Pelophryne signata, including Nectophryne exigua Boettger, 1900 as a synonym (Inger and Stuebing, 2009), occurs on Borneo and is morphologically very similar to P. ingeri sp. nov. They have similar body color, with the cream or yellow venter with small, isolated black spots, and with a cream or yellow streak on the side of the head running from below the eye under the tympanum and over the axilla. However, P. ingeri sp. nov. has more large warts, especially clearer cruciform dorsal pattern than P. signata (Fig. 5). Moreover, P. ingeri sp. nov. has a shorter hindlimb with the tibiotarsal articulation of adpressed limb reaching only to posterior corner of eye, contrasting to P. signata, whose articulation reaches to center of eye.
Pelophryne brevipes occurs on Mindanao and Basilan islands of the Philippines, and has brown or black pigment covering most of the belly and underside of the hind limb and lacks the uninterrupted light lateral streak (Inger and Stuebing, 2009) unlike P. ingeri sp. nov.
Another small Philippine species P. lighti (Taylor, 1920), occurring on Mindanao and other islands, is 16.3–18.5 mm (Inger, 1960), and differs from P. ingeri sp. nov. by having dark upper lip without light stripes or row of light spots (Inger, 1966).
Other species of the group have larger body size than P. ingeri sp. nov.: P. guentheri (mature male 29.9 mm and females 28.3–31.1 mm [Inger and Stuebing, 2009]; P. penrissenensis (male SVL 24.9–28.0 mm and female SVL 30.8 mm [Matsui et al., 2017]; P. rhopophilia Inger and Stuebing, 1996 (males 21.6–24.8 mm) [Inger and Stuebing, 1996, 2009]); P. murudensis Das, 2008 (males 21.9–25.6 mm [Das, 2008]), P. saravacensis Inger and Stuebing, 2009 (adult males 17–20 mm, an adult female 22 mm [Inger and Stuebing, 2009]).
The remaining Pelophryne species form another group by having the tips of the fingers rounded and not expanded, and can be differentiated from P. ingeri sp. nov., although all of them are rather small in body size like P. ingeri sp. nov.: P. api (males 17.8–22.3 mm and females 22.0–24.3 mm [Dring, 1983]), P. albotaeniata Barbour, 1938 (males 18.2–19.9 mm and females 19.2–22.8 mm [Inger, 1966]), P. misera (adult males 16–21 mm, adult females 17–21 mm [Inger, 1966]), and P. linanitensis Das, 2008 (adult males to 18.6 mm [Das, 2008]).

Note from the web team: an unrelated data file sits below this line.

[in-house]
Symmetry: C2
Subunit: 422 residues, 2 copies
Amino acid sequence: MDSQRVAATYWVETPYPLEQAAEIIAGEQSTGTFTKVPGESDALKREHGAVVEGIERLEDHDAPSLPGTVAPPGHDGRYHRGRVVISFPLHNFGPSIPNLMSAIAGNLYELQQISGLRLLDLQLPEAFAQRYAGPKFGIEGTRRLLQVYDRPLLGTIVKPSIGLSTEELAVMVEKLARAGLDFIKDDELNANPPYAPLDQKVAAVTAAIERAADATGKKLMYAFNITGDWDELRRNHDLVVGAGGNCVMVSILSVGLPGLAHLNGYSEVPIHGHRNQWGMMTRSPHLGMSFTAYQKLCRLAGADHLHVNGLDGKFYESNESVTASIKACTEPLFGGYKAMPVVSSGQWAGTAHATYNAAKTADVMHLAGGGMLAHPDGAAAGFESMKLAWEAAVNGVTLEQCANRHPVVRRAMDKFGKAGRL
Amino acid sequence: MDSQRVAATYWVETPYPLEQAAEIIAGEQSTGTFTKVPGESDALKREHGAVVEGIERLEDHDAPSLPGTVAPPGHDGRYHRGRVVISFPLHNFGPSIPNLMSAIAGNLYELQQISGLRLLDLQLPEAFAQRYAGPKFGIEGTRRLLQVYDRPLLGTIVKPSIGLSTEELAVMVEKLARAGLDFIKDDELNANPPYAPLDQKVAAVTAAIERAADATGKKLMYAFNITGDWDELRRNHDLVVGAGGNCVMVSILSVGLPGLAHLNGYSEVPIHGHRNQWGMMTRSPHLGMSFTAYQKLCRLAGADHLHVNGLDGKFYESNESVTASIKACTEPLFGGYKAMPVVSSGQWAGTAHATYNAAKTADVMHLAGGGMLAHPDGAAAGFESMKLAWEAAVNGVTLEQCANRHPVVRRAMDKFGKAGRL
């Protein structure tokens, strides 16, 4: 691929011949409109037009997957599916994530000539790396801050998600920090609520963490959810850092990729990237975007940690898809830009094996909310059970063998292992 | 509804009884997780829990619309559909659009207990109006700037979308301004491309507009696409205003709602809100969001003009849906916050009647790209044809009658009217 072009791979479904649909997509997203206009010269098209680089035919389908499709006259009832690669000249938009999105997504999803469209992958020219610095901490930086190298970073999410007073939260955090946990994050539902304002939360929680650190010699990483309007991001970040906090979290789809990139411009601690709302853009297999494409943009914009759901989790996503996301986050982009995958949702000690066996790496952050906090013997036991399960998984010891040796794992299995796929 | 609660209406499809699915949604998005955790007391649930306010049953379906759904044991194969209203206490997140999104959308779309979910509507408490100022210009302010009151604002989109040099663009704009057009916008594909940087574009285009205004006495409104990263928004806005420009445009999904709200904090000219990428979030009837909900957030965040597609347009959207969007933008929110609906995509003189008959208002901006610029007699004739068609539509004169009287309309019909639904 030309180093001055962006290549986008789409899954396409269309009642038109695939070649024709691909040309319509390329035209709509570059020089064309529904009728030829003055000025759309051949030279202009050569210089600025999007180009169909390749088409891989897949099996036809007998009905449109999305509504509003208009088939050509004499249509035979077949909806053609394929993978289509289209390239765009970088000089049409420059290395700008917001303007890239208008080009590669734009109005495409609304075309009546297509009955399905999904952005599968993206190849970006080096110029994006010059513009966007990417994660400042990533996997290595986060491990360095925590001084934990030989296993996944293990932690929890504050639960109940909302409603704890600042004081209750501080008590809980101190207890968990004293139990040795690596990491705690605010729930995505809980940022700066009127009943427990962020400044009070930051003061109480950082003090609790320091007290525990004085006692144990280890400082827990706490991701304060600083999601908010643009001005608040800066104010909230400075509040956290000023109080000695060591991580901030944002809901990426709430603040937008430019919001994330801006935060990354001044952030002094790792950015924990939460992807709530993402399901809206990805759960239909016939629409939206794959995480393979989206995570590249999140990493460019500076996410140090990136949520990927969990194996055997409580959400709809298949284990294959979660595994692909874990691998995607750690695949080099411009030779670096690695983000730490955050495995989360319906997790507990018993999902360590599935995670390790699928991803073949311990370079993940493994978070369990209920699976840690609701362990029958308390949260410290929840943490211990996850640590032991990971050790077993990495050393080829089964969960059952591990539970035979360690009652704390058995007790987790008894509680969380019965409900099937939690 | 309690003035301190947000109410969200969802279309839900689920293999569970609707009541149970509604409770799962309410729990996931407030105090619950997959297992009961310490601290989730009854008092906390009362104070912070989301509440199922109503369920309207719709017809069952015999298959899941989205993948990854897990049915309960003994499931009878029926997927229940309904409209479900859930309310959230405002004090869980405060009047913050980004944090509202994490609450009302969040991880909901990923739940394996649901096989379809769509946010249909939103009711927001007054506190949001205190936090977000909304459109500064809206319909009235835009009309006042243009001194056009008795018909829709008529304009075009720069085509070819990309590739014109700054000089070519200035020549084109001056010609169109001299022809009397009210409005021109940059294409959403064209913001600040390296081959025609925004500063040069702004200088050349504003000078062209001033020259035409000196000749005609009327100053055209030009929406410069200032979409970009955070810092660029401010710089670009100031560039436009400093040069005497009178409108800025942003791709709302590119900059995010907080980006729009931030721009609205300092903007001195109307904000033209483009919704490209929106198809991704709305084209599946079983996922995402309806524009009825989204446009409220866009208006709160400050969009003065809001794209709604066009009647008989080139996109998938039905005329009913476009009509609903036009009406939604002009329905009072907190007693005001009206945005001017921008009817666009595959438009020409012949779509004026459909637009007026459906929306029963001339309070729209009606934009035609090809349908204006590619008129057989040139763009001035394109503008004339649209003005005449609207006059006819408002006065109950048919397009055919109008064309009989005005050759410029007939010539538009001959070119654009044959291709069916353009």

Uncorrected p-distances (%) among samples of Pelophryne and other bufonids for 471 bp fragments of 16S rRNA.
Measurements in types of Pelophryne ingeri sp. nov., male P. signata from Sarawak, holotype of Nectophryne exigua (SMF 3737), and a syntype of Hylaplesia brevipes (NHMW 16554). SVL (in mm) and ratios (R) of other characters to SVL. See text for character abbreviations.
Taxonomic status of Pelophryne from Peninsular Malaysia has been unclear probably because not a large number of specimens have been secured and compared with Bornean P. signata and Philippine P. brevipes. As stated in Grandison (1972), the species assignment of the specimens has been made simply on the basis of classification of Bornean species. In contrast, results of the present study clarified that the Pelophryne from Peninsular Malaysia (P. ingeri sp. nov.) actually represents a cryptic species of Bornean P. signata, from which it differs slightly morphologically, but fairly greatly genetically.